We've talked about the difficulties of counter-narcotics missions in Third World countries--namely, that farmers are often not only intimidated into growing narcotics by terror networks (e.g., the FARC or the Taliban), and that farmers often resort to growing narcotics as it's the only viable cash crop that they can grow.
Abu Muqawama's readers weighed in on NATO's recent campaign. Fortunately, NATO is not waging an all-out eradication effort--similar efforts in Colombia have actually been counter-productive. When you attempt to burn something that reportedly makes up 60% of a country's GDP, you tend to alienate the population just a tad. Instead, NATO forces are attempting to root out Taliban forces (excellent NYT article) in the poppy fields and establish programs similiar to farm subsidies in the US. The local government will provide subsidies for farmers attempting to grow legitimate crops like wheat.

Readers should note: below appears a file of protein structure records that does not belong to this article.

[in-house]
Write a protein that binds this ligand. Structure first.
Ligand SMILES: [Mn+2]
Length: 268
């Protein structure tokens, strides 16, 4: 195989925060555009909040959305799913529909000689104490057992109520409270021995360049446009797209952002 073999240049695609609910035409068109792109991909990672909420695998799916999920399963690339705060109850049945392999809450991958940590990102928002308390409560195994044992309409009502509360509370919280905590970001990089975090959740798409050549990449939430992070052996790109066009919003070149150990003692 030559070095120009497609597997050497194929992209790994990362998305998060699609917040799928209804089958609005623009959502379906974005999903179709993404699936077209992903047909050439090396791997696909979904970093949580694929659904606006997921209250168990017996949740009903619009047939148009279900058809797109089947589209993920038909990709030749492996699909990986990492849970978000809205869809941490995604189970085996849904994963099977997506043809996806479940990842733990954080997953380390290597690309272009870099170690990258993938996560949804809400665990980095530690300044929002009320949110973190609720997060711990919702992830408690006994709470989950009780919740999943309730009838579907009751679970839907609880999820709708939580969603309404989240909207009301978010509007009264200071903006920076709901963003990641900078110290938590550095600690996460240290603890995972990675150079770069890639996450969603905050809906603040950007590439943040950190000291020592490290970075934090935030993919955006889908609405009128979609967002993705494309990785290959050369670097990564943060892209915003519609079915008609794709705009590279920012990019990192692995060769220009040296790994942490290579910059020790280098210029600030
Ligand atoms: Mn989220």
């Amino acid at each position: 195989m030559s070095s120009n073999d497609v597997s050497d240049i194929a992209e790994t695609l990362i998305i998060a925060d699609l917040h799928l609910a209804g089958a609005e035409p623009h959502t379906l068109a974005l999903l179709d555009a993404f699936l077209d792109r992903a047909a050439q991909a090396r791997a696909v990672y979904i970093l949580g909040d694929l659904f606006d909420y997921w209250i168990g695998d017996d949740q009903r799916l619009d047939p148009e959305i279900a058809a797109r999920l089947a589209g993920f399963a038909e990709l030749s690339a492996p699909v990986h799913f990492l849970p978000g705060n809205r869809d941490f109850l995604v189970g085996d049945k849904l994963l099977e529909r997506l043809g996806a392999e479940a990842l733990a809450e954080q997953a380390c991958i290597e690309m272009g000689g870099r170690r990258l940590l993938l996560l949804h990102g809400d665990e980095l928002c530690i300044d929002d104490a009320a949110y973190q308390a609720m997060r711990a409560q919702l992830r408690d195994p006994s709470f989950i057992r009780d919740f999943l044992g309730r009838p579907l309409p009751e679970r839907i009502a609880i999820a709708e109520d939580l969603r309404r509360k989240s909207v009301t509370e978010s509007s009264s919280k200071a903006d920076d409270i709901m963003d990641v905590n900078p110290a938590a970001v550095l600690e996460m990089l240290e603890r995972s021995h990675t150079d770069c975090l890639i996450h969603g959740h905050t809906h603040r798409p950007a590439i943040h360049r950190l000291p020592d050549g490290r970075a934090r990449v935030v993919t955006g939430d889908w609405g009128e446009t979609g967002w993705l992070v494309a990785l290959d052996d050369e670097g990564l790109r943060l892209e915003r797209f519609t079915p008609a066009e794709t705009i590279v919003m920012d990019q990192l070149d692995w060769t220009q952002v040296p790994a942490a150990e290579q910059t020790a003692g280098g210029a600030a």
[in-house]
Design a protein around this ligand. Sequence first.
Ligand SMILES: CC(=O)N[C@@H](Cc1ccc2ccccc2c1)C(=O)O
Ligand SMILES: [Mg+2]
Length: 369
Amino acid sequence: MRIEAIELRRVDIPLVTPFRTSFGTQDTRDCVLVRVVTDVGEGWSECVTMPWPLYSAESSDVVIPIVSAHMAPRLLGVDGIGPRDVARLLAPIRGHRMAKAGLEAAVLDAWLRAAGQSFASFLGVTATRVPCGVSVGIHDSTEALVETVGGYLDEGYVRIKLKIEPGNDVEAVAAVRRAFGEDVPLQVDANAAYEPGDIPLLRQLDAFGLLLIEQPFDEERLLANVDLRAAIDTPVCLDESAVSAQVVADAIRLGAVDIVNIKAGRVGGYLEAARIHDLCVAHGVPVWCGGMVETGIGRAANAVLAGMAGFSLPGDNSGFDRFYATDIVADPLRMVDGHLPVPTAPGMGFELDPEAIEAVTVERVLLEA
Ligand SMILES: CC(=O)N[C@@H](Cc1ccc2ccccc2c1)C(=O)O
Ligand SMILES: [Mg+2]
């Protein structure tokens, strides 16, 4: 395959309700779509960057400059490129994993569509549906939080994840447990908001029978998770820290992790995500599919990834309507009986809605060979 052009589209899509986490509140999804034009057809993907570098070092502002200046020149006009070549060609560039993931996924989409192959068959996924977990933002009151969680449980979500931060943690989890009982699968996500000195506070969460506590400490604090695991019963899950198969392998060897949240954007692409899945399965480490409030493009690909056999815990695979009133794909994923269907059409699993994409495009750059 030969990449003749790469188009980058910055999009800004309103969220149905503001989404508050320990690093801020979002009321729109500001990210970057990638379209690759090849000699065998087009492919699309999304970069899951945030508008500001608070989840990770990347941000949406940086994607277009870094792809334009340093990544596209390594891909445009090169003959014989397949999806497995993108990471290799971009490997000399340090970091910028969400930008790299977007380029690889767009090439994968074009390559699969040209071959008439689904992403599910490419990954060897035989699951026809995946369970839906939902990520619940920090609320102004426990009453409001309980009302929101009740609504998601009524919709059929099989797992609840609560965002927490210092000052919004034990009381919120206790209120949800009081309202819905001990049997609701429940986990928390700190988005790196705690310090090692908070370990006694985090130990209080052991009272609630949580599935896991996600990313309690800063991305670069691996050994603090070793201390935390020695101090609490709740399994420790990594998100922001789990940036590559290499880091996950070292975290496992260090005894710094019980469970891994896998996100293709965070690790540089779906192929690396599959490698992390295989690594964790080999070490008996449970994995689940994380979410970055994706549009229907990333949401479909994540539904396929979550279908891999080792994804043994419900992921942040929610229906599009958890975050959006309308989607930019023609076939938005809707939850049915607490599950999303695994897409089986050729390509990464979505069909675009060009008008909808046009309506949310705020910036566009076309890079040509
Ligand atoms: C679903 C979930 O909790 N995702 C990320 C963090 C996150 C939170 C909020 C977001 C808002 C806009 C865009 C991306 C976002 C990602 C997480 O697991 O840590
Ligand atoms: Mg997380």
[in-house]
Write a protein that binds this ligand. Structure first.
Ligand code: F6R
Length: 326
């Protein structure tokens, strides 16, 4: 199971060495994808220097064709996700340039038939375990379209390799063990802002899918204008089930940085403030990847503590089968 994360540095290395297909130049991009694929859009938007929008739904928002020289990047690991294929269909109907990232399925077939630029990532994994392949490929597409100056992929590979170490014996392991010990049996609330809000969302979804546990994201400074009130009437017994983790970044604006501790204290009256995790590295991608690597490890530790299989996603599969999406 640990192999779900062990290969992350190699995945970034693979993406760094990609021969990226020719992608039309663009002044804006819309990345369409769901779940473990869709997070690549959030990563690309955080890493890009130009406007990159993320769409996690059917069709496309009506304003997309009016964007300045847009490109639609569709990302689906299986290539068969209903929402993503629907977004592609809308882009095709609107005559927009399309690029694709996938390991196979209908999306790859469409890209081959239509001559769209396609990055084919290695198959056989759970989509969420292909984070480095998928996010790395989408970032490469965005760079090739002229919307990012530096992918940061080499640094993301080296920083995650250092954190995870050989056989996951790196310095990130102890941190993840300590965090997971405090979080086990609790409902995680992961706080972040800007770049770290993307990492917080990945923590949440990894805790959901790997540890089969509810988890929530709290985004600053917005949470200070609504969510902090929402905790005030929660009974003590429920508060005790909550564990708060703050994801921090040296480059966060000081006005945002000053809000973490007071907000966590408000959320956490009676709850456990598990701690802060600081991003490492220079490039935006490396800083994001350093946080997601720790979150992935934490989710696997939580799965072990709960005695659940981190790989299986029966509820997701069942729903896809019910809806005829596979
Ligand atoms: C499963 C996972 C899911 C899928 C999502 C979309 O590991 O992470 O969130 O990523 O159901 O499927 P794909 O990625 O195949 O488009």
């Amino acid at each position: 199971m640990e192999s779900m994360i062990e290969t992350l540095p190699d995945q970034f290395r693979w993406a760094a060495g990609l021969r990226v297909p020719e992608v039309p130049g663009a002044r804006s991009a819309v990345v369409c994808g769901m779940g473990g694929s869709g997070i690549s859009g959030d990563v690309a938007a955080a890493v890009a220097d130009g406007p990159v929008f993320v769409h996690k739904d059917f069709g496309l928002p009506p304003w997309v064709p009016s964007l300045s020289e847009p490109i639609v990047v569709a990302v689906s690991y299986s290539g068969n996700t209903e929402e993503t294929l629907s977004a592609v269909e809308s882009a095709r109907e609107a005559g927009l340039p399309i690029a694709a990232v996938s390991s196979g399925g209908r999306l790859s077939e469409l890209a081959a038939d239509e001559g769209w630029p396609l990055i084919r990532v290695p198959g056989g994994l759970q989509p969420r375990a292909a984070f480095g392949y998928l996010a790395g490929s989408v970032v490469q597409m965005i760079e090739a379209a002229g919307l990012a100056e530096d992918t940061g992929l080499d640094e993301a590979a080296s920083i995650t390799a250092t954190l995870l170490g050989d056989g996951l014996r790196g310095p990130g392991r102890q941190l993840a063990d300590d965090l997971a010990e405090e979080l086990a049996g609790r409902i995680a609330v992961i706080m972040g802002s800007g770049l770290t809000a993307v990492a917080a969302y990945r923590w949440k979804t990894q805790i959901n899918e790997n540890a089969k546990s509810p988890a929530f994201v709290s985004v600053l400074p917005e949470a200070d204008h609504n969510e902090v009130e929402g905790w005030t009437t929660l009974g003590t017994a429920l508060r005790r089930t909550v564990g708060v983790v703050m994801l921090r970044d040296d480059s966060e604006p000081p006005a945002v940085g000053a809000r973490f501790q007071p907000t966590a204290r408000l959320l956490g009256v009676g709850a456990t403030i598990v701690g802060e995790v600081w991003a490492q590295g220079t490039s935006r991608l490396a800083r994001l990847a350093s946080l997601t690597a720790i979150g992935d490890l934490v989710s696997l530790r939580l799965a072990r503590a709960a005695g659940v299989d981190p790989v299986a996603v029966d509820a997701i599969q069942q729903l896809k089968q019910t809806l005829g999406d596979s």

Another interesting Afghanistan update comes from Captain Carl Thompson, who wrote a piece entitled "Winning in Afghanistan". There's too much great stuff in this article to quote directly, but a lot of it deals with the corruption in the Afghan military and police. Some of it is outright laughable, until you realize that it's our tax money at work. Then again, it doesn't really surprise me that much.
(What that last link from Jason Sigger taught me is that if you lose one rifle, you and your entire battalion will play "hands across Fort Bragg", looking for the rifle for hours on end. You lose 100,000 rifles, eh, that's a statistic)